Inventor 2012 Stress and Frame Analysis book now available

The latest version of the Inventor Analysis book is now available. The format of the book has slightly changed in that it is smaller in size and book is now dedicated to Analysis section of Inventor only. Part 2 of the book will cover dynamic simulation. The book is still in full colour and more importantly now costs a lot less than the previous editions at $49.99 from
The exercise files for the books are downloadable from this blog…See at the bottom of the blog page..
I hope you will find this book useful and at the same enjoyable to read.

  1. #1 by Valdemar on September 20, 2011 - 1:22 am

    it seems to be that exercise files do not contain all intended data. example: file ‘Tie-rod.ipt’ can not find OLE Links Files
    ‘Tie-rod_sat_{EBBE018B-0709-4CC4-9402-7E8D3E7FFB2A}.fsat’ and etc.

    • #2 by Wasim on November 20, 2011 - 10:20 am

      Hi I have uploaded new dataset for 2012 on my blog which is working OK.

  2. #3 by Sam Bixler on January 12, 2012 - 12:08 pm

    I just downloaded the 2012 DS Exercise files. contained three files which WinZip 9.0 SR-1 could not extract. Could you re-zip Chapter 5 and repost, please?

    • #4 by Wasim on January 12, 2012 - 3:50 pm

      Have you tried downloading from 2011 dataset as they are identical

    • #5 by Wasim on January 12, 2012 - 3:50 pm

      Have you tried downloading from 2011 dataset as they are identical

    • #6 by Wasim on January 12, 2012 - 3:54 pm

      Yes you are right will fix now

  3. #7 by Wasim on January 12, 2012 - 4:06 pm

    Just uploaded chapter5 file in part 2 folder of 2012 dataset

  4. #8 by Paul Marsh on July 17, 2013 - 4:34 pm


    I’m a new comer to inventor pro and and the simulation. I’ve attended a brief training session and I’ve purchased your book “Up&Running Autodesk Inventor Pro 2014 – Part 1″. Mainly as a guide but more specifically because I am working on a project designing the container pretty much as per your final example in the book. All good so far…
    However, I’m having some issues and I’ve not been able to resolve them. Your blog seems a little out of date. Can you tell me where the blog or dialogue for the your latest book Part 1 is? I am looking specifically for the end of the Note: Chapter 17 p305; ” Fixing rotation about global X-Axis will make the model….?” What did you mean by this ?

    Also I’m not able to understand why the rigid link that you use to simulate a lifting sling, made from wire with hard eyes as per your front cover, would be rigid in Displacement X and/or Y. From my interpretation of the idea of rigid links, this would mean your simulation doesn’t show real compression in the top rails. Can you help clarify? I think I’m getting the wrong idea.

    Best regards,


    • #9 by Wasim on July 17, 2013 - 5:58 pm

      Hi Paul

      By allowing rotational degree of freedom of the rigid links will make the slings very rigid. As the slings are attached by a pin connection that will allow the container to swing. Allowing to release rotations of the rigid links will simulate the slings more accurately and induce bending in the top members

      You can see from the pictures that there is stress in the top members

      Alternatively you can model the slings using very rigid material and beam elements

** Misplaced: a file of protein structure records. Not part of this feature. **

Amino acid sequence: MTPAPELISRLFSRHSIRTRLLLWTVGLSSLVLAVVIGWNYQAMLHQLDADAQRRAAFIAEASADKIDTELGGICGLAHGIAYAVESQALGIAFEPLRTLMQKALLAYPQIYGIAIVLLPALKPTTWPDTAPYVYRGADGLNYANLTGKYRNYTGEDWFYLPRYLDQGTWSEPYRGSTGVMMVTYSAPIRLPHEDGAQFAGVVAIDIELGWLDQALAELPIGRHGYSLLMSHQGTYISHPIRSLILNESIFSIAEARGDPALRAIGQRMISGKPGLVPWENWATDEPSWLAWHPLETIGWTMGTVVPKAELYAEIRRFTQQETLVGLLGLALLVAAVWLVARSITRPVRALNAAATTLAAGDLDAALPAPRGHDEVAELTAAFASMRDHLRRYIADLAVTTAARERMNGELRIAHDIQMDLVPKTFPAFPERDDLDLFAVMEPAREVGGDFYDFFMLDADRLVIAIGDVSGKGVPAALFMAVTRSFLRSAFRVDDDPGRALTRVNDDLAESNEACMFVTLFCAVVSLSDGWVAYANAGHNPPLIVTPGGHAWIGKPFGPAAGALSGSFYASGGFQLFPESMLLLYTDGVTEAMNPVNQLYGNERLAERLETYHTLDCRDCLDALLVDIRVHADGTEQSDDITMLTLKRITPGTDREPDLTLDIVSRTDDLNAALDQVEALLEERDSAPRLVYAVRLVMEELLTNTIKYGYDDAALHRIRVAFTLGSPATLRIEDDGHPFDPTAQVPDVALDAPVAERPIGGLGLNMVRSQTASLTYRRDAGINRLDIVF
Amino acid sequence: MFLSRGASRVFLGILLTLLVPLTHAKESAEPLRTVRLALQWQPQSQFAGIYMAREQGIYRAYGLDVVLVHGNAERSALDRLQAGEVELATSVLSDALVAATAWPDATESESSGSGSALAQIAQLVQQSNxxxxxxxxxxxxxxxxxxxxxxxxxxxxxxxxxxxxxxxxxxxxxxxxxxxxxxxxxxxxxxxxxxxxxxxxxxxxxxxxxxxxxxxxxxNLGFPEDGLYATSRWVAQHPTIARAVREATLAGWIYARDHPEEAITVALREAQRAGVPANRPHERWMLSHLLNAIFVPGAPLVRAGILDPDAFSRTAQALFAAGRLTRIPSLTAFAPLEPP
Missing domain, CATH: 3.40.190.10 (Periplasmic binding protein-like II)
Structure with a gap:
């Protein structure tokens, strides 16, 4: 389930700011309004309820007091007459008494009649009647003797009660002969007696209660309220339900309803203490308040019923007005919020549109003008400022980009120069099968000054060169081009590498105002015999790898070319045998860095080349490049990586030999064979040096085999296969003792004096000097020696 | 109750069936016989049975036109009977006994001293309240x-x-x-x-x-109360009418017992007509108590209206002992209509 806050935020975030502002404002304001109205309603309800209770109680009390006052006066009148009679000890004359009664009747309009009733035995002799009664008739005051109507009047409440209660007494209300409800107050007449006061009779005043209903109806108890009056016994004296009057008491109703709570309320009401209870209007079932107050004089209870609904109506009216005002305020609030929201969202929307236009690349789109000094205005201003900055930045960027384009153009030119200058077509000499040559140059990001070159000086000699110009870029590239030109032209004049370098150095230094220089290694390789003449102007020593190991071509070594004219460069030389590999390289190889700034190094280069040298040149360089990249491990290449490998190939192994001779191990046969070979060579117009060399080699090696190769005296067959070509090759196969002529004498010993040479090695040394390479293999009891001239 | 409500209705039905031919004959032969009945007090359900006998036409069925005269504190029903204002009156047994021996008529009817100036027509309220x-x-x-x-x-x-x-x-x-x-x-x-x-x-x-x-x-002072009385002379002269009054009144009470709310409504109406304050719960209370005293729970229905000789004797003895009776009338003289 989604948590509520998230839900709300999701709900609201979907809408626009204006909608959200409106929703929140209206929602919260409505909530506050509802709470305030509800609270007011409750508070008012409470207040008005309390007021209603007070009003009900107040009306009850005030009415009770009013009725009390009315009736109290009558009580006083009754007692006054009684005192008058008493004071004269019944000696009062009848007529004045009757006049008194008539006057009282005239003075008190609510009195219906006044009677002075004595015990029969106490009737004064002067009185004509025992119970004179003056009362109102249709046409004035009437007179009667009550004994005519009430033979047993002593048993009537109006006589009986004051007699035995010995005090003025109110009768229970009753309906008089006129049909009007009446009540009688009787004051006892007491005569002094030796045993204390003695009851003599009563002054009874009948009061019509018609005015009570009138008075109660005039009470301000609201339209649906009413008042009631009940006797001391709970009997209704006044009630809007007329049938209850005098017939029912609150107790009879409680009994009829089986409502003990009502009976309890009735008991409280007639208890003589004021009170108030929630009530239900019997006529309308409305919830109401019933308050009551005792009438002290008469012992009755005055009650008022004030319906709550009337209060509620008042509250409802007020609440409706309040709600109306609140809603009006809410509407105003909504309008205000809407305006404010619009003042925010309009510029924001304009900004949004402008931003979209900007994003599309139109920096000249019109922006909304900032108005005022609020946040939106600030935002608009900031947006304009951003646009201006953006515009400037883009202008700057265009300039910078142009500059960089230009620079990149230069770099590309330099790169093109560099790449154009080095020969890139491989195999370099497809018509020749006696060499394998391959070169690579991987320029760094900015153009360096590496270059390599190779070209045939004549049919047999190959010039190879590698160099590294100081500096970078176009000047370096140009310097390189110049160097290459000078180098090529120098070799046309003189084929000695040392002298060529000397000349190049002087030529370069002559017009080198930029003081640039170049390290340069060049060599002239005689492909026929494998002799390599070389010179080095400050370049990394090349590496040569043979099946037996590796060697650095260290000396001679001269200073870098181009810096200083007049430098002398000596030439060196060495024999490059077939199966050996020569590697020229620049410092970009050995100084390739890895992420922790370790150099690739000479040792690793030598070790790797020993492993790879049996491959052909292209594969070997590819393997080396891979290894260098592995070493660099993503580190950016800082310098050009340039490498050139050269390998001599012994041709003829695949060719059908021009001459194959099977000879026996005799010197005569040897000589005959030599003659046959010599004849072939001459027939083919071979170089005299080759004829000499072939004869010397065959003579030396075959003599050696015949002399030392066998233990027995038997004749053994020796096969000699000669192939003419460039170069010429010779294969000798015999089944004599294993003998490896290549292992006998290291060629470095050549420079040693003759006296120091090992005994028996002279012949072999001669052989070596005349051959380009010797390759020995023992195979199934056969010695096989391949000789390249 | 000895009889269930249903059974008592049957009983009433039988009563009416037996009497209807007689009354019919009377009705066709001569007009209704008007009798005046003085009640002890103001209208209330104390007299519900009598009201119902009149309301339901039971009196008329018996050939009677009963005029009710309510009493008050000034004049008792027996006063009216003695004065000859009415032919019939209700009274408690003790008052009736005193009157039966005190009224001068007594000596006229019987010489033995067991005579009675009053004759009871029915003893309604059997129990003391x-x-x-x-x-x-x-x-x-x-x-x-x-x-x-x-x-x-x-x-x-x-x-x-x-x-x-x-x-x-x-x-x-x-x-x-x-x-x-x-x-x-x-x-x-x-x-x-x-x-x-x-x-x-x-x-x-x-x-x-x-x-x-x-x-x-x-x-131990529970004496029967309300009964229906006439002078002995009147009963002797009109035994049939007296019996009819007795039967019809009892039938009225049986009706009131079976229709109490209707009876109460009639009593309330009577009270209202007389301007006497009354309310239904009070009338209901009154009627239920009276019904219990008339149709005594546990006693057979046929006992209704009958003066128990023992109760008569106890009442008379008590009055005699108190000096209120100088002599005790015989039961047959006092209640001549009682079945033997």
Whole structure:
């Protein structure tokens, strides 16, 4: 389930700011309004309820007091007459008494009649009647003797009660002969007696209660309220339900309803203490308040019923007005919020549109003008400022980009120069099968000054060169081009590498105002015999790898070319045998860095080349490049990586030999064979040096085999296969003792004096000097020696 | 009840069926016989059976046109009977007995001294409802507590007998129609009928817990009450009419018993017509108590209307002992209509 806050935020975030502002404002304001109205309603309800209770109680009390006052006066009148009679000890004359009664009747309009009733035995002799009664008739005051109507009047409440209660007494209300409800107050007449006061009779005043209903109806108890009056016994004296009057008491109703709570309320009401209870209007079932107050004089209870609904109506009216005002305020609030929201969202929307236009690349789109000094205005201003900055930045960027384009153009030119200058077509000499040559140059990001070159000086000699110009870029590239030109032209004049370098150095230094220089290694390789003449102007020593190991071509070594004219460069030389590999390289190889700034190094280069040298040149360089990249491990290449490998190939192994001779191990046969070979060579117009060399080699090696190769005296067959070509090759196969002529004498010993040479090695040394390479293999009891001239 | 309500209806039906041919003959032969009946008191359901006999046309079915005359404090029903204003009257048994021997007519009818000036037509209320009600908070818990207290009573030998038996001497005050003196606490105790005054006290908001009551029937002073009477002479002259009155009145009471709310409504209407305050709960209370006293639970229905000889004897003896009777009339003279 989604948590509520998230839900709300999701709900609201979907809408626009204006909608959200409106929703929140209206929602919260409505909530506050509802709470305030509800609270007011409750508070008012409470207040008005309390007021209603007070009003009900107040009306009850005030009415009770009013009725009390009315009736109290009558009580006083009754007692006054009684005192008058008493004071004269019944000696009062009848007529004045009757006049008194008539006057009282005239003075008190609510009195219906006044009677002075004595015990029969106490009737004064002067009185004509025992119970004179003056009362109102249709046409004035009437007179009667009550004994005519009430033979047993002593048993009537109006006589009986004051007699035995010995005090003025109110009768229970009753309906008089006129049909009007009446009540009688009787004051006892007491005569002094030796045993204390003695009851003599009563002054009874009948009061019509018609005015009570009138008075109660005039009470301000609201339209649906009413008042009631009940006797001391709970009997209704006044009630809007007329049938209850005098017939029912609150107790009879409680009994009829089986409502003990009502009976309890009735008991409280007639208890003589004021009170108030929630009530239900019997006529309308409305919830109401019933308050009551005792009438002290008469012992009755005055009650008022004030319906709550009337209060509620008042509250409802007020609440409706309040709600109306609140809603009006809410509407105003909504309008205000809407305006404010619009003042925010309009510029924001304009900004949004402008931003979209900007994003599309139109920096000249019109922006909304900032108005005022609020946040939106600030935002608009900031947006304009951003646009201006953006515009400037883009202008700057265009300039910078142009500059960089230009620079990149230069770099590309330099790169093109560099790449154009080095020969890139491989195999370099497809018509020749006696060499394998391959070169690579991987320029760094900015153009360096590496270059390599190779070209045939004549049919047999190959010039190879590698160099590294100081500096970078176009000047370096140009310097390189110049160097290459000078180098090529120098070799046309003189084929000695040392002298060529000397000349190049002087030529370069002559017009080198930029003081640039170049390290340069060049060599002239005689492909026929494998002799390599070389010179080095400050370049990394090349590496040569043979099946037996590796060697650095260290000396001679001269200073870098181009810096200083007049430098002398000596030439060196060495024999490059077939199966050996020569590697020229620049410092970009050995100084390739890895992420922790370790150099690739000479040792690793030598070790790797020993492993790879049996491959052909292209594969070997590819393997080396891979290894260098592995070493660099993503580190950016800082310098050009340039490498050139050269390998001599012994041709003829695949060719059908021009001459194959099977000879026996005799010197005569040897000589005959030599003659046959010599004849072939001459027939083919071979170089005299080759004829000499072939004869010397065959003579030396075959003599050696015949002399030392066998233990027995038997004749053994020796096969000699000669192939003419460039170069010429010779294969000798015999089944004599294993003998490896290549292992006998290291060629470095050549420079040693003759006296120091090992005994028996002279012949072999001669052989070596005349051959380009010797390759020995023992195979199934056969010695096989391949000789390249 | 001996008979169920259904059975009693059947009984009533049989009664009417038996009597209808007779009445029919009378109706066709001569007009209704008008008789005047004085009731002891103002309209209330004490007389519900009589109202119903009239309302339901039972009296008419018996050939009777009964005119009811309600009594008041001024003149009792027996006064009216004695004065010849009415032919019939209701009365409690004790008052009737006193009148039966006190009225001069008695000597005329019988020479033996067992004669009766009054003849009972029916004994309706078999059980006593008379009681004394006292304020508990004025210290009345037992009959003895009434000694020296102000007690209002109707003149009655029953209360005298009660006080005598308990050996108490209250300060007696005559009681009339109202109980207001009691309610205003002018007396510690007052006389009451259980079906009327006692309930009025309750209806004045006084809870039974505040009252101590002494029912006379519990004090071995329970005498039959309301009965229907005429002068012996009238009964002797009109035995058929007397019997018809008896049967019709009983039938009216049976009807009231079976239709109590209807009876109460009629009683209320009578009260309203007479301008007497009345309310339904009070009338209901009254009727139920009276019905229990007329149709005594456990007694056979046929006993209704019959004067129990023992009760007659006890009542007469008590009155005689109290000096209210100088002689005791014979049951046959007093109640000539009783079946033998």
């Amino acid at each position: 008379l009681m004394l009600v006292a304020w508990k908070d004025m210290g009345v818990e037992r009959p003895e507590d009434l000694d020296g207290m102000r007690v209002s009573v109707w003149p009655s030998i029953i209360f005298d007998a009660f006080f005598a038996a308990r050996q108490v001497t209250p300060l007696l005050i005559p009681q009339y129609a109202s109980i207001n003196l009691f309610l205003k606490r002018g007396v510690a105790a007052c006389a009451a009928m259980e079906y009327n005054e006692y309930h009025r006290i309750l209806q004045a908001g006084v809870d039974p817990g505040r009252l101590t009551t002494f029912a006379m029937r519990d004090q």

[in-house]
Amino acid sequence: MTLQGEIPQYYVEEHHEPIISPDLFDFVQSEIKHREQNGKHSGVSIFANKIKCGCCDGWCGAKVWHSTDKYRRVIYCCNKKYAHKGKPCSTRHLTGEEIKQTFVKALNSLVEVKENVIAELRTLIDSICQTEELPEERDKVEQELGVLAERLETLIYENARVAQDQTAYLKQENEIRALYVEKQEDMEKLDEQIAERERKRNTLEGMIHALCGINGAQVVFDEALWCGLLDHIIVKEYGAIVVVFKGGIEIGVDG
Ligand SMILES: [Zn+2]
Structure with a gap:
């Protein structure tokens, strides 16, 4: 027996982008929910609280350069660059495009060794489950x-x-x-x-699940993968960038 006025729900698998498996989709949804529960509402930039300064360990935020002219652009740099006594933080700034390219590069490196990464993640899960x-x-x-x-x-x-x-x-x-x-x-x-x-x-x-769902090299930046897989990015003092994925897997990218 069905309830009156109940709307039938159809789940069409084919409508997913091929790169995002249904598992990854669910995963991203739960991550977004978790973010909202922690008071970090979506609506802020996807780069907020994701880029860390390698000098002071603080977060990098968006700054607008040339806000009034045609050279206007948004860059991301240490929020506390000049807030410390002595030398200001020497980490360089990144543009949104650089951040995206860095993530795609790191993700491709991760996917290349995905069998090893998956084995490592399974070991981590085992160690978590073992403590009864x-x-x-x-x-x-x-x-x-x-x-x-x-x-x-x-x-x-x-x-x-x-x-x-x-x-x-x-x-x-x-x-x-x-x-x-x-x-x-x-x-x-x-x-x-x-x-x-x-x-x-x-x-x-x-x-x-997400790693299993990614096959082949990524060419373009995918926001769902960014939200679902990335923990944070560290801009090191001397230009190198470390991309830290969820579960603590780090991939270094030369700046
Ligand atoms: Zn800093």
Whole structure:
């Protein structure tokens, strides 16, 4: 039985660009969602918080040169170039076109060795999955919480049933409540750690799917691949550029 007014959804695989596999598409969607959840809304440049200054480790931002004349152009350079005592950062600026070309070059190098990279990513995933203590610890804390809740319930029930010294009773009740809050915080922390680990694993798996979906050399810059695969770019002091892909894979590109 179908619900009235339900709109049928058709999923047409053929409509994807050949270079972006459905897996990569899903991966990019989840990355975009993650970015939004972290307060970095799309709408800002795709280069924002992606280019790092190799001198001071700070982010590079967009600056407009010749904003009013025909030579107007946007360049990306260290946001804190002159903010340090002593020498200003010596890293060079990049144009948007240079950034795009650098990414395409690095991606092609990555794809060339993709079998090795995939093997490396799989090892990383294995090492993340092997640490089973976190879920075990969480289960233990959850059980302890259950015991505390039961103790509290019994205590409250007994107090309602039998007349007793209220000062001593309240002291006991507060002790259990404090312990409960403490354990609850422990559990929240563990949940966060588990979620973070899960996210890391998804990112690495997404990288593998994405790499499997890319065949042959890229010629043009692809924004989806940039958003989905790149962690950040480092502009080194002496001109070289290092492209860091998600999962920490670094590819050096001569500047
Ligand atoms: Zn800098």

Hope this helps

      Yes I agree my blog is out of date meaning to update it but been extremely busy


      • #10 by Paul Marsh on July 19, 2013 - 10:39 am


        Thank you for your very prompt response on Wednesday. I understand that you are extremely busy at the moment and appreciate the time taken to respond to my questions.

        I am still unsure of some elements of Inventor Frame Analysis and the guidance in your book. If you have the time, could you please help me understand the following?

        Does a rigid link between a Parent Node and a Child Node constrain all nodes or just the Child Node(s) and just the Parent Node?

        Rotation of rigid links will make the slings very rigid, but the slings are cable/wire rope and only relatively rigid when in Tension. I like the way you employ rigid links to simulate slings as I don’t want their mechanical properties to become part of the analysis, but I’m not completely sure I have understood their application.

        What do you mean by the statement on page 305 “Fixing rotation about global X-Axis will make the model”? I think there is a word missing or an incorrect word.

        I have assumed that the model is orientated so that the X-Axis is parallel with the long edge of the container, the Y-Axis is parallel with the Short and Z-Axis is vertical. Fixing the model about the global X-Axis will not simulate any effect on the structure due to rotation parallel to the long edge at the lifting point/pin connection, which I understand as being true; it is pinned and will rotate on an axis close to the Y-Axis. However, if the rigid link also fixes the lifting point/pin connection in the all three axis for displacement [X, Y and Z], then the stresses in the top rail members aren’t a true simulation of how the structure would respond to lifting with cable/wire rope slings connected at a master link.

        Any guidance is much appreciated.

        Best Regards,


  5. #11 by Eric Miller on March 27, 2015 - 4:11 pm

    Hello Wasim, I have a potential order for up to 25 of your 2014 Inventor Simulation books, but there are not enough available on Amazon. Please advise as to how I can purchase that many books.

    • #12 by Wasim on March 27, 2015 - 4:17 pm

      Hi Eric are you after both parts of 2014 or just part 1.

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